The higher the ratio of men in your office, the higher the ratio of germs. So says science. Photo: Louie Douvis
The battle of the sexes has become a bacterial war, with new research showing men's offices have ''significantly more bacteria'' than women's.
American scientists examined 90 different offices in New York, San Francisco and Tuscon, Arizona, and found that office chairs and phones were the most bacteria-heavy surfaces.
The researchers, led by Scott Kelley, from San Diego State University, also found that when the offices were occupied by men there was more bacteria present.
''Humans are spending an increasing amount of time indoors, yet we know little about the diversity of bacteria and viruses where we live, work and play,'' Dr Kelley said.
The study focused on the different amounts of bacteria growth between different surfaces, gender-based environments and cities.
Researchers found bacteria were most abundant on chairs and phones while desktops, keyboards and mice had comparatively lower amounts of bacteria.
The bacteria mostly came from human bodies, with the main culprits being skin, oral cavities and nasal cavities.
They also noted a ''surprising number of bacterial genera'' associated with the digestive tract.
No prizes for guessing why men had more bacteria, with scientists suggesting the difference was due to bad male hygiene. ''Men are known to wash their hands and brush their teeth less frequently than women and are commonly perceived to have a more slovenly nature,'' they said.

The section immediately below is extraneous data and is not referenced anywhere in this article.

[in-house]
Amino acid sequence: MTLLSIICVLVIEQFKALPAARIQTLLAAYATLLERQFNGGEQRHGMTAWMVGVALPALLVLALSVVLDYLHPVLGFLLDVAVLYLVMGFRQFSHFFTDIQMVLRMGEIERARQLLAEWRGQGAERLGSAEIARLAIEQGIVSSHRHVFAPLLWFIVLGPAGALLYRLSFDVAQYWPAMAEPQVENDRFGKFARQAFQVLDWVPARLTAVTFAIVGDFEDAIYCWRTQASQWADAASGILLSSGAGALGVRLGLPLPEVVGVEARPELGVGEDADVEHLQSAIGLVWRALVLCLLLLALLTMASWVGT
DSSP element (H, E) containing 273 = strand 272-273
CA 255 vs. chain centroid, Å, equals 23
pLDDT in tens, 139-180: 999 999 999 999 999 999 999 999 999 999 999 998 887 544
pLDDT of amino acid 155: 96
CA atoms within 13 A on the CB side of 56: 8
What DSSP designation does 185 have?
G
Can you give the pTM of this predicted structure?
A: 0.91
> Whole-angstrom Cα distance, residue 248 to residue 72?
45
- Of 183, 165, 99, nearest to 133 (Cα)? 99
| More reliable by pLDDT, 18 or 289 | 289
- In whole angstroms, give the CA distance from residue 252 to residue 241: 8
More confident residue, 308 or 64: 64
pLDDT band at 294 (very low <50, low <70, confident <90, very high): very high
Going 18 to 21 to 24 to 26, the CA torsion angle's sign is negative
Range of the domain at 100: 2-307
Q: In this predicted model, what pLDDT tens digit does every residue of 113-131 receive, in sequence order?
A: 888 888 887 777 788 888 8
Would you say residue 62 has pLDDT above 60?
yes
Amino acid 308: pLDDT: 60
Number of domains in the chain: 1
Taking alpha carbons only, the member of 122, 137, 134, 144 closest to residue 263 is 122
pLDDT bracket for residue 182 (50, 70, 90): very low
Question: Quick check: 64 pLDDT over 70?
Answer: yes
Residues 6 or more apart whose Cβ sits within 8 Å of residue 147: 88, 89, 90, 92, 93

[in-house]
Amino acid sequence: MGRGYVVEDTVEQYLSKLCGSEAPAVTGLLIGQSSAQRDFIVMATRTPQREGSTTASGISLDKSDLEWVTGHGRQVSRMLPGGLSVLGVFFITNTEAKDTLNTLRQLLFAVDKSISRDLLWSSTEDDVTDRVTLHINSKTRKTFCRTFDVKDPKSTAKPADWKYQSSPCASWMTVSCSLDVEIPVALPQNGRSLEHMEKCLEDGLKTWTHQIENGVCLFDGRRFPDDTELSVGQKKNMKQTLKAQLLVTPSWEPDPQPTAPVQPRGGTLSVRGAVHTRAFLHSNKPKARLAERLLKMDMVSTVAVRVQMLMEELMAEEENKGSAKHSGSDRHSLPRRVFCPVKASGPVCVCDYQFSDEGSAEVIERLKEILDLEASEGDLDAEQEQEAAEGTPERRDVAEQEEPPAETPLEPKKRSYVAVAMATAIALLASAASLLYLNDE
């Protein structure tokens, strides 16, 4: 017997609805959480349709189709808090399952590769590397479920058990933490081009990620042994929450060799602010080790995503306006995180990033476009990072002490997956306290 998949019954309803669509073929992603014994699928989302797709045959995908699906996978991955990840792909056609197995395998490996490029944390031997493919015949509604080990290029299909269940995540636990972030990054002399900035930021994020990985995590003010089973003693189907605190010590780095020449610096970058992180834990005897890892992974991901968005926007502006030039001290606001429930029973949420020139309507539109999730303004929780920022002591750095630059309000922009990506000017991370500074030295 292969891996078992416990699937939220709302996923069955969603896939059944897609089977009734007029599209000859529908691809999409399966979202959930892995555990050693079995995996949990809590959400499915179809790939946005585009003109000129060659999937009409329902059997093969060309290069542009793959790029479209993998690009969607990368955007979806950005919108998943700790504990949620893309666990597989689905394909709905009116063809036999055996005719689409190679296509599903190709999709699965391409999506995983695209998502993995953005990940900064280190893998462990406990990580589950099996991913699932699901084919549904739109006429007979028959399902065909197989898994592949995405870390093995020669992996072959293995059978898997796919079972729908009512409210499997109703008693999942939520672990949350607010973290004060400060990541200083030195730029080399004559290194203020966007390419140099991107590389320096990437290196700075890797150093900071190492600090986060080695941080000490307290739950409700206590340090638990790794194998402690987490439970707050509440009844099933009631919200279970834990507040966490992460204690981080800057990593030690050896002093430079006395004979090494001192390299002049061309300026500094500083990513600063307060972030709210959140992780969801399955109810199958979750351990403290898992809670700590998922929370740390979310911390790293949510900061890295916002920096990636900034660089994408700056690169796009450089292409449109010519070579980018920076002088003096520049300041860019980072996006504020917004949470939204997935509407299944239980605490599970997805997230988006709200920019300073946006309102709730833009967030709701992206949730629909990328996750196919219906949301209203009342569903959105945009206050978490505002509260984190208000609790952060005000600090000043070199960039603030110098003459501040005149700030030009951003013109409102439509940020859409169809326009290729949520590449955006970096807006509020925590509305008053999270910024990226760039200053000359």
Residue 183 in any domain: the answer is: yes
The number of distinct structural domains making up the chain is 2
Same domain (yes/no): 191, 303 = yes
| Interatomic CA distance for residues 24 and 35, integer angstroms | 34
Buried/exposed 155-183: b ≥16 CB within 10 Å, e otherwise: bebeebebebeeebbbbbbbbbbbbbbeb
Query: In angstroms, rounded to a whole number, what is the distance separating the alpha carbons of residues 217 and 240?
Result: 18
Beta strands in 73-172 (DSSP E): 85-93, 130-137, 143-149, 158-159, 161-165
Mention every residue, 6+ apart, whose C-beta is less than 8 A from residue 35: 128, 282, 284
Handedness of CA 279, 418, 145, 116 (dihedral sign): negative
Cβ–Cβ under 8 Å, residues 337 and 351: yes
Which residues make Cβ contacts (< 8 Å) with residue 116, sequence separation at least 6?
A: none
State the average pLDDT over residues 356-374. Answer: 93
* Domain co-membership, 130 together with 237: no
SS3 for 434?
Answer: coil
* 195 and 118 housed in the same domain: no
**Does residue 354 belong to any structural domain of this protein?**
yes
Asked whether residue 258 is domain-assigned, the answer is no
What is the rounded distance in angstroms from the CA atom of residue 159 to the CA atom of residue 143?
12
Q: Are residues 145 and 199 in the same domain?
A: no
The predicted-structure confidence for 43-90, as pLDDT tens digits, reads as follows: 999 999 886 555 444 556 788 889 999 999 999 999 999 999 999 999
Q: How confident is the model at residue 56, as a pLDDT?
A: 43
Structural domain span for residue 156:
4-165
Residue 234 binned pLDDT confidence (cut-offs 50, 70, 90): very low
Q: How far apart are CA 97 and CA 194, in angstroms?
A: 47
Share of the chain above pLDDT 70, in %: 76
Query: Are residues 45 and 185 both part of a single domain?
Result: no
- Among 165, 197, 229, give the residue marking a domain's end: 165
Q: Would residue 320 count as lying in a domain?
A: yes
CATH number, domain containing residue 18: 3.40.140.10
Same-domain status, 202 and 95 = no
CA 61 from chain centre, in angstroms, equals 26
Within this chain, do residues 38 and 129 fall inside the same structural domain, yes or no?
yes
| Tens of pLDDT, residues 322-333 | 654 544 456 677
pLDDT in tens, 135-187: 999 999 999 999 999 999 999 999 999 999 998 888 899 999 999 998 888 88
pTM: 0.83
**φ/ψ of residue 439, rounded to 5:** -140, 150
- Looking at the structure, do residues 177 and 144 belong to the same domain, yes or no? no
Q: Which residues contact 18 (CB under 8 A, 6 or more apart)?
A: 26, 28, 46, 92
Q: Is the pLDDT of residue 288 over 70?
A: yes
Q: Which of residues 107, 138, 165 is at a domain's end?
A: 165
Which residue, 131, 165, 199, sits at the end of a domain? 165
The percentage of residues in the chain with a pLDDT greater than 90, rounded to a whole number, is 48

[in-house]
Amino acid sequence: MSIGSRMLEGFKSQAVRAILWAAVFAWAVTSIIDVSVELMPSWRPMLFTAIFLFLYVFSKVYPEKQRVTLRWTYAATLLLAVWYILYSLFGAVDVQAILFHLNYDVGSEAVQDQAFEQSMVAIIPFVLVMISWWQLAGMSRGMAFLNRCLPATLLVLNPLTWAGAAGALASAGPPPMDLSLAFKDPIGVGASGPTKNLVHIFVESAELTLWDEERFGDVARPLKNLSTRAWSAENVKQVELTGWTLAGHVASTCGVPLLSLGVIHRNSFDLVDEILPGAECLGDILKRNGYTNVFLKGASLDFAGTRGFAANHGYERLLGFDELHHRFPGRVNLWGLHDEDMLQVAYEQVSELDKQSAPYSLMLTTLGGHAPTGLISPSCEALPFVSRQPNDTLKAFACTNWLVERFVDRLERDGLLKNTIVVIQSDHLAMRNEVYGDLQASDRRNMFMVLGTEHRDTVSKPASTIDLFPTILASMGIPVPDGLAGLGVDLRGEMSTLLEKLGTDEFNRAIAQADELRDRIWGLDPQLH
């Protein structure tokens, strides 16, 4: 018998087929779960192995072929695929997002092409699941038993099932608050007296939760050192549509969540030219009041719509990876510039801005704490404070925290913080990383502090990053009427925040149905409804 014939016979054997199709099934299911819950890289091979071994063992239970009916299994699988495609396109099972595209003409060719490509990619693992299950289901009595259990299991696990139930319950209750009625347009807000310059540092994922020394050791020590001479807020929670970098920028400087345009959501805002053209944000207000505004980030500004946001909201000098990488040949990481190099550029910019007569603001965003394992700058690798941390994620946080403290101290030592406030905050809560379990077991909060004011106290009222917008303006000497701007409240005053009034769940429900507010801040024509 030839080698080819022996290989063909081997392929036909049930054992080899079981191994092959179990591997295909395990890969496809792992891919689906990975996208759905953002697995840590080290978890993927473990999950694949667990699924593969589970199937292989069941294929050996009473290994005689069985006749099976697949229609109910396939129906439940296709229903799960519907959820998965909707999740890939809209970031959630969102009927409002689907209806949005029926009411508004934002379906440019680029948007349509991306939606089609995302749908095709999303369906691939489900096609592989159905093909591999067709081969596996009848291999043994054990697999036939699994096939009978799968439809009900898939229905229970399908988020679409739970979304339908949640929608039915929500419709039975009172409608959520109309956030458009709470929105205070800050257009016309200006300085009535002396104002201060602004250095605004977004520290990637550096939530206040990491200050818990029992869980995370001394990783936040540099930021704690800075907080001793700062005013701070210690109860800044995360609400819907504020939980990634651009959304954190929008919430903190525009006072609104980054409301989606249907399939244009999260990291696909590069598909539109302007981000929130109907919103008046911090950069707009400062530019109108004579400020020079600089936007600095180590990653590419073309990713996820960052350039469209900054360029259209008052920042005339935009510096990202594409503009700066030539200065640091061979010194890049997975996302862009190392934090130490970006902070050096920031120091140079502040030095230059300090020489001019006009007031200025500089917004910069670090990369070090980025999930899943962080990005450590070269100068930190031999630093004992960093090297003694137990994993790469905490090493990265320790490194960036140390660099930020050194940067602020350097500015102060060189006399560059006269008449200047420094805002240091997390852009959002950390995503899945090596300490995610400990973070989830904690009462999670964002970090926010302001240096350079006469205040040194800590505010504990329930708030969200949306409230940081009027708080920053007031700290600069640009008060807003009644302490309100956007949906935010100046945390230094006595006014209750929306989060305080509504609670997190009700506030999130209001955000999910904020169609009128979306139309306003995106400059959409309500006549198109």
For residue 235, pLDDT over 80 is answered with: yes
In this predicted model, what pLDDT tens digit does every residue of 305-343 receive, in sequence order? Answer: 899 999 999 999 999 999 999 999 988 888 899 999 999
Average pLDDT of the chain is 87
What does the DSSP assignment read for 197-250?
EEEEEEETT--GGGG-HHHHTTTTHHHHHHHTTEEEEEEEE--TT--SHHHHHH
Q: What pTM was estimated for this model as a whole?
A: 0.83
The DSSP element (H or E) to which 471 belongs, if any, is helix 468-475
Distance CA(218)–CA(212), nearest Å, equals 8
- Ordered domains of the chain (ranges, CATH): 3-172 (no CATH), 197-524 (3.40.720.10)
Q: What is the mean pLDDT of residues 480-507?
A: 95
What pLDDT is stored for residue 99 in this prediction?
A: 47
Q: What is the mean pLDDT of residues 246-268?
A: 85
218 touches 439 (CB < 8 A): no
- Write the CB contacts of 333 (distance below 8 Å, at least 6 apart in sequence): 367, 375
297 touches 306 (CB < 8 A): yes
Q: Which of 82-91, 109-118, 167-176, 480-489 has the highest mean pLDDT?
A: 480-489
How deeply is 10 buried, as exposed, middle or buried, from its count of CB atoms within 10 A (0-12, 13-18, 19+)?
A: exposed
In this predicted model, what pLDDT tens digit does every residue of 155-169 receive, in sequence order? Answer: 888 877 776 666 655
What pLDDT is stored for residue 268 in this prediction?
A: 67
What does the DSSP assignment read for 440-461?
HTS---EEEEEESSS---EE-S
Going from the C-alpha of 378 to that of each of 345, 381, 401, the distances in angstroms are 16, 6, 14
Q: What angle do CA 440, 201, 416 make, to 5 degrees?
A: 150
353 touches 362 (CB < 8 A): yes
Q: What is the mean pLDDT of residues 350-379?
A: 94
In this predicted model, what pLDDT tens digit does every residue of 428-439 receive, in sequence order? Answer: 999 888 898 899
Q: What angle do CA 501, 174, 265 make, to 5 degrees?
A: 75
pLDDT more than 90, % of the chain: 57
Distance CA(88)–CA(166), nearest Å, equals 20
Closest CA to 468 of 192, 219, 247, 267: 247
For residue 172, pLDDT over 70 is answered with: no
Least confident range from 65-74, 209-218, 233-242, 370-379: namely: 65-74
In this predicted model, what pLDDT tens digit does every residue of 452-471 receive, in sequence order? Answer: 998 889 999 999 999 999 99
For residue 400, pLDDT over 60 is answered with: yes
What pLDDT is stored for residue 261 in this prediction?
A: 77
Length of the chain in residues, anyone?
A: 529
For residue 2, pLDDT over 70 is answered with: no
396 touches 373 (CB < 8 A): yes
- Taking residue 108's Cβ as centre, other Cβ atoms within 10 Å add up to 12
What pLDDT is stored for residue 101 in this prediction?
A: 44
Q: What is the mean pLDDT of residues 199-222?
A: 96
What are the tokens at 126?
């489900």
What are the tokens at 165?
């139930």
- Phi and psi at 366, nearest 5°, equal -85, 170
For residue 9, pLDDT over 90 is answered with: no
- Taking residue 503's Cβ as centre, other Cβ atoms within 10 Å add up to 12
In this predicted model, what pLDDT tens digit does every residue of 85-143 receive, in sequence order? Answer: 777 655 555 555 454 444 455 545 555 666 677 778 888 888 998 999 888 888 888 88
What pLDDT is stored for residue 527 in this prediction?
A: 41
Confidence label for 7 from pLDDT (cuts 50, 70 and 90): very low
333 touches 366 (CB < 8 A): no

However, larger body mass was also named as a possible cause for the difference between sexes.
Peter Collignon, professor of infectious diseases at the Australian National University, said that because men were generally bigger than women, there was more surface area for bacteria colonisation.
He stressed the need to remember that our common understanding of bacteria as harmful is incorrect. ''Most of the bacteria are good bacteria … we'd be in trouble without them,'' he said.
Professor Collignon said that people who were concerned about bacteria should make sure they washed their hands and their work area.
But he urged them not to be over-cautious.
''The last thing we want to do is napalm everything,'' he said.
The researchers said the novel study could be the first step in further research, such as analysing so-called ''sick buildings''.
Studying the types of bacteria discovered in offices could also show how readily different microbes are able to disperse around the world.
The study is published in the journal PloS One today.